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Monthly transport pass at nine euros: Germany’s recipe to reduce Russian energy consumption | International

A Berlin U-Bahn train passes a mural depicting Leonardo da Vinci's Mona Lisa, in a file image.
A Berlin U-Bahn train passes a mural depicting Leonardo da Vinci’s Mona Lisa, in a file image.Fabrizio Bensch

Public transport is not cheap in Germany. In Berlin, for example, the monthly subscription for the two most central areas costs 86 euros per month; a single ticket, three euros. For this reason, the decision of the Olaf Scholz coalition government to create a ticket of only nine euros per month to use on the metro, bus and even on the regional train network has created enormous expectation. Will they be saturated at rush hour in the big cities? Will exclusive islands like Sylt fill up with weekenders at the chance to get on the train or ferry for free? The offer, which this Friday has been definitively approved by the upper house of the German Parliament, will last all summer, from June 1 to August 31.

In a country that has seen how a liter of gasoline and diesel has risen above two euros, government efforts have focused on mitigating the cost of energy. Direct payments to families have been approved so they can pay for heating, reduced fuel taxes and tax relief. But perhaps the most controversial measure is the nine euro ticket. To begin with, it has generated friction between the Executive and the 16 federal states, which tremble at the hole it can make in their budgets. Transport companies have also sounded the alarm: they claim to be unprepared for the multiplication of passengers that the measure will bring.

The Russian invasion of Ukraine has given impetus to German efforts to reduce dependence on fossil fuels. The authorities constantly call for energy savings. Even the largest association of motorists in the country, ADAC, has asked drivers to leave the car at home if they can. The public company that manages the capital’s swimming pools has announced that this summer bathers will find the water – which in many cases is heated with natural gas – between one and two degrees cooler. The payment of nine euros aims to take vehicles off the road. “We want citizens to know the possibilities offered by public transport, to use it and to integrate it permanently into their daily mobility,” said Transport Minister Volker Wissing after announcing it.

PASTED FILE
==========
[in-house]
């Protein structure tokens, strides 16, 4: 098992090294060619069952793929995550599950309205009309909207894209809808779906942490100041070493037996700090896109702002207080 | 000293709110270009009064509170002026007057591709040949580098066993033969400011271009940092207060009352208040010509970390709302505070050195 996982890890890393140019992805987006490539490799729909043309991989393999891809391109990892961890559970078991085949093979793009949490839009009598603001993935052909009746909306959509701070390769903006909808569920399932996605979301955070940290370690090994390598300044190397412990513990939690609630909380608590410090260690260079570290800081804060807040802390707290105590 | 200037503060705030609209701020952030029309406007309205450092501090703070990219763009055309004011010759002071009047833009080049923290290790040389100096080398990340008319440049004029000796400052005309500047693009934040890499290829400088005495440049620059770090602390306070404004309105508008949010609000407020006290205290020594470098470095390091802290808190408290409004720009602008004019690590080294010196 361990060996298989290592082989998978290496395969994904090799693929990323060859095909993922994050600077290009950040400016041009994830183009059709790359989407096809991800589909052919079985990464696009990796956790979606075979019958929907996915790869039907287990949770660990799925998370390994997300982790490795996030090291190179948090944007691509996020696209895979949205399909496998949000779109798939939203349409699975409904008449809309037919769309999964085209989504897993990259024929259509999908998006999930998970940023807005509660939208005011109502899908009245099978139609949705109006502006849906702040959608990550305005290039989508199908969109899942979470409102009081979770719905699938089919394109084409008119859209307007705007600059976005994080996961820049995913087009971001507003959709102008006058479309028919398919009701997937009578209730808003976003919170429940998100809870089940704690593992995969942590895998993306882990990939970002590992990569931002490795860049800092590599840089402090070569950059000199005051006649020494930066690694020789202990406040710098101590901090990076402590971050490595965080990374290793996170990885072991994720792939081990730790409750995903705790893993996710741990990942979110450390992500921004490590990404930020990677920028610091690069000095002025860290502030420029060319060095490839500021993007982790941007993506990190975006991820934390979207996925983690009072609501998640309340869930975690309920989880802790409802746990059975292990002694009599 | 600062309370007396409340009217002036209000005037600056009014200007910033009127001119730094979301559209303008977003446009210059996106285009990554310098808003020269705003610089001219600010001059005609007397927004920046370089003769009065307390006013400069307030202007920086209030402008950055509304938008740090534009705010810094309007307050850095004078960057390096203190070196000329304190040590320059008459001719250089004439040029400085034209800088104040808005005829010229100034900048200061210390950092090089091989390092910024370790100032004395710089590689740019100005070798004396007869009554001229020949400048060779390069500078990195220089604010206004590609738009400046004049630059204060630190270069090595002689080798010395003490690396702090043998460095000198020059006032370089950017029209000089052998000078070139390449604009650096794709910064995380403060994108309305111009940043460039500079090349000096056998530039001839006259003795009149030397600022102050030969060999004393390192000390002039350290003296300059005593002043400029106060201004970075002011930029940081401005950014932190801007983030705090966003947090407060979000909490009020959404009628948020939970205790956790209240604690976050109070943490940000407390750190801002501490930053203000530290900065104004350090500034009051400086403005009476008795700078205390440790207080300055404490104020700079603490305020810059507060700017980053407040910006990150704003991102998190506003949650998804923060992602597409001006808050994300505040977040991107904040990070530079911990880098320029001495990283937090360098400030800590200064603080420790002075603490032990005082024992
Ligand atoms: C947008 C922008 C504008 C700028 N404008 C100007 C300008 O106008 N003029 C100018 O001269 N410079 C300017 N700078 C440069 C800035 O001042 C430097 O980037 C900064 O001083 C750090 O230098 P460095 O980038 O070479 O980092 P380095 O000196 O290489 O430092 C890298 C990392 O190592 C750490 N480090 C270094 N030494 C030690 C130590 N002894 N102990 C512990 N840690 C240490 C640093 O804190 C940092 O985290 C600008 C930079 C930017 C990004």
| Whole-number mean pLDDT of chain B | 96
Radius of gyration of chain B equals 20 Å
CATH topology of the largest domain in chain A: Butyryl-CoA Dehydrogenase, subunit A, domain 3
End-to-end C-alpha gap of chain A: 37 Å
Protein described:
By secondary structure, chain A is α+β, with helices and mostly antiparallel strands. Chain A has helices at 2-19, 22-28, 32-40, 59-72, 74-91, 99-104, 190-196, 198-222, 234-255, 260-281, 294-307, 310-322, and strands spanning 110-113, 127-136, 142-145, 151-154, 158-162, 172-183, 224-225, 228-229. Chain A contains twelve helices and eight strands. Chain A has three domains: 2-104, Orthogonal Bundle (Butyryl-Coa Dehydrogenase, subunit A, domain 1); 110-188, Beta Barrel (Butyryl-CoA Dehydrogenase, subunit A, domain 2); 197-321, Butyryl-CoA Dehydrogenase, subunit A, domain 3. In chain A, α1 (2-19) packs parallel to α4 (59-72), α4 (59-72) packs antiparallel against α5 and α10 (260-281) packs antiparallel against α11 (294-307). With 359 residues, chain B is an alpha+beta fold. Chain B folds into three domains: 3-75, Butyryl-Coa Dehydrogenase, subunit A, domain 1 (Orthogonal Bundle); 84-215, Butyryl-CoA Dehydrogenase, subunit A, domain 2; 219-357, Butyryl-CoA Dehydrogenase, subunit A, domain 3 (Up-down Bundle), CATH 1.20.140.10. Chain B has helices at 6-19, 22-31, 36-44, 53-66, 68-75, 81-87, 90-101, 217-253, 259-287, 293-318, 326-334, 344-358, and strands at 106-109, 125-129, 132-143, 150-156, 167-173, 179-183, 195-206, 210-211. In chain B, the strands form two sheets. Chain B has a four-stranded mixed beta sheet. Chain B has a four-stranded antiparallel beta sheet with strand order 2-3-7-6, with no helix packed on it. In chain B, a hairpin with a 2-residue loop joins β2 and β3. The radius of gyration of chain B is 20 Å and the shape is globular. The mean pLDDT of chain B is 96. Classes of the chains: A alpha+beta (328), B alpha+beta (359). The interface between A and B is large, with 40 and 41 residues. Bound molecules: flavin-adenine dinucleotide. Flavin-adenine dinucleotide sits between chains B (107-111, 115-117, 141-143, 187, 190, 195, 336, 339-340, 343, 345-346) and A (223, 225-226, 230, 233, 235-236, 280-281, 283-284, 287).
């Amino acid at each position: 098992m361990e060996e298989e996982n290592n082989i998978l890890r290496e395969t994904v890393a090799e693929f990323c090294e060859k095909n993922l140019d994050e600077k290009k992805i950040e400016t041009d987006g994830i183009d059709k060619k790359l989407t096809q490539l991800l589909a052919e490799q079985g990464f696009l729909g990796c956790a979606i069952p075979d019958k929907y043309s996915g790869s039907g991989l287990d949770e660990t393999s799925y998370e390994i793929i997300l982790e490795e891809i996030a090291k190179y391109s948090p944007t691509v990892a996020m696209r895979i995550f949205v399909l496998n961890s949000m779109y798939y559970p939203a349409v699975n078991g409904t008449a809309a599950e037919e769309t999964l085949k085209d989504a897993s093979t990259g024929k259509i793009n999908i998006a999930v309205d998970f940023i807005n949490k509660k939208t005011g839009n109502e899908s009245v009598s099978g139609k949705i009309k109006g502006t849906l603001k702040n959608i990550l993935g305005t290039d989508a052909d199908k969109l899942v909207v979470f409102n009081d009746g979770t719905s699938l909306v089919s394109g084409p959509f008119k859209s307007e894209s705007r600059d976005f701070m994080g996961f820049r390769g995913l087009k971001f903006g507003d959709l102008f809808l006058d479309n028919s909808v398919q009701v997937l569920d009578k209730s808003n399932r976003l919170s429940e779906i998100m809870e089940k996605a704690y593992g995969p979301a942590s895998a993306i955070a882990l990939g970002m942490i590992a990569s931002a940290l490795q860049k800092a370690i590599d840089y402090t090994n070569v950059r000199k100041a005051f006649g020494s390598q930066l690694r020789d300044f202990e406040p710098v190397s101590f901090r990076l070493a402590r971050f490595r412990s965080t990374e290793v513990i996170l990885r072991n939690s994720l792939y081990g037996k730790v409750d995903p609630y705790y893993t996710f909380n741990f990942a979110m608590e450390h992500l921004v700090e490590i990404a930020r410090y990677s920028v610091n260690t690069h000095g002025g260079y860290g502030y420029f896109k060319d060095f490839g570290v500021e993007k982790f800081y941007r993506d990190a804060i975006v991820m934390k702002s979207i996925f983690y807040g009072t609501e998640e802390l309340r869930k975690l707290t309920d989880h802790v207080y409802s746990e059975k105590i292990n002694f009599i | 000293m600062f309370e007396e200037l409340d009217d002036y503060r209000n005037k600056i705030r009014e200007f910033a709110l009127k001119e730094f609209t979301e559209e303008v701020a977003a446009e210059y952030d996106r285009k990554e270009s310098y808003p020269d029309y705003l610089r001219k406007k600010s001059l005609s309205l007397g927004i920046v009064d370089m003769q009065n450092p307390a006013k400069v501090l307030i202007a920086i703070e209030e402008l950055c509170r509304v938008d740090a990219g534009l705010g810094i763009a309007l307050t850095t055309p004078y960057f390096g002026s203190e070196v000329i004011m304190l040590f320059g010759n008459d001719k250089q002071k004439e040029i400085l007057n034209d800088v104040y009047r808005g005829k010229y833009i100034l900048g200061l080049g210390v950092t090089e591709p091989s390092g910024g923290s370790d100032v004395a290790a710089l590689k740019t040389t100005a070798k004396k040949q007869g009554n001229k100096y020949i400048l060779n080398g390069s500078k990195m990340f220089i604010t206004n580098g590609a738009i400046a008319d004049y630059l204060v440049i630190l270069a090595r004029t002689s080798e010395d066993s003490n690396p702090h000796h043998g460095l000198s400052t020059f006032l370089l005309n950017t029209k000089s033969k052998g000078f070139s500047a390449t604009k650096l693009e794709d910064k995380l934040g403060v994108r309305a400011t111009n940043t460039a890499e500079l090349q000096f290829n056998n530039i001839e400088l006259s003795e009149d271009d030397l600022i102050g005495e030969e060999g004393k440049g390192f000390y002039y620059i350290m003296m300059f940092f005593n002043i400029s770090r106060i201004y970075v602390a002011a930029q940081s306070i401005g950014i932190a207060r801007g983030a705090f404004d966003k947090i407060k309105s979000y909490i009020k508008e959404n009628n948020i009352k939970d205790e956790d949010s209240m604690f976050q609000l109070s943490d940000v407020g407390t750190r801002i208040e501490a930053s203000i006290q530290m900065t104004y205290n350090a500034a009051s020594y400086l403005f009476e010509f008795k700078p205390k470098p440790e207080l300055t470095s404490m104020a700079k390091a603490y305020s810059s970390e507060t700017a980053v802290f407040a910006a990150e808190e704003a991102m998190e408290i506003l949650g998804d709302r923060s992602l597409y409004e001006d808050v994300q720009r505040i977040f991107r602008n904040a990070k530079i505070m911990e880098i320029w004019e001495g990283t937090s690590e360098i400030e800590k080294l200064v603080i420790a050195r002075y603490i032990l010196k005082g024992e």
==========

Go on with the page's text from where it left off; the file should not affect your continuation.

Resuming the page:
Its inclusion in the billionaire aid package to alleviate rising energy prices is a victory for the Greens, the party that, along with Scholz’s Social Democrats and the Liberals, has governed Germany since last December. Faced with the liberals, who advocated tax cuts, the environmentalists wanted at least one of the measures to have to do with promoting public transport and to be attractive. Being able to travel three months throughout Germany for 27 euros certainly meets these premises.

More than half of Germans commute between 15 and 60 minutes each day to get to work, and the costs of those journeys, whether by private vehicle or public transport, have been rising steadily in recent years. A recent poll by Infratest Dimap for public television ARD asked citizens if they planned to use the nine-euro subscription. 30% of those who live in small towns said yes, compared to 44% of medium-sized cities and 60% of large cities. The fear of transport operators in cities such as Berlin or Munich is understandable, where at certain hours buses and subways are already highly loaded, although not as much as before the pandemic.

weekend crowds

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In Berlin, the largest crowds are expected on weekends, on trips to recreation areas near the capital. The transport authority (VBB) has announced reinforcements on regular buses and trains for excursions to lakes such as the Wannsee. Its spokesman warned that it is likely that there will be no seats on usually very crowded routes, such as Baltic Sea beach destinations.

Critics of the proposal believe that summer is not the best time to launch cheap transport. Advocates argue the opposite: it guarantees equal opportunities, so that low-income people can go not only to work, but also afford leisure and nature trips. The fear of the inhabitants of the island of Sylt, a destination frequented by wealthy Germans, of hordes of visitors, has provoked a mocking campaign on social networks that encourages encroach the location. “It’s going to be the new Mallorca,” Twitter users joke these days. A Facebook event to cause “days of chaos” on the island has 3,000 confirmations, according to the local press.

All citizens will have the right to buy the subscription, which they can use in local transport in their municipalities, but also in the regional trains of Deutsche Bahn (the public railway company) throughout the territory. In other words, it will be possible to travel by train between cities as long as the InterCity Express (ICE) are not used, high-speed trains that connect the largest cities in the country.

The federal government has promised the land an aid of 2,500 million euros to face the drop in income for the next three months. The majority of States consider that it is not enough and continue the negotiations to scratch more budget from Berlin. In total, it is estimated that the measure will cost around 15,000 million euros.

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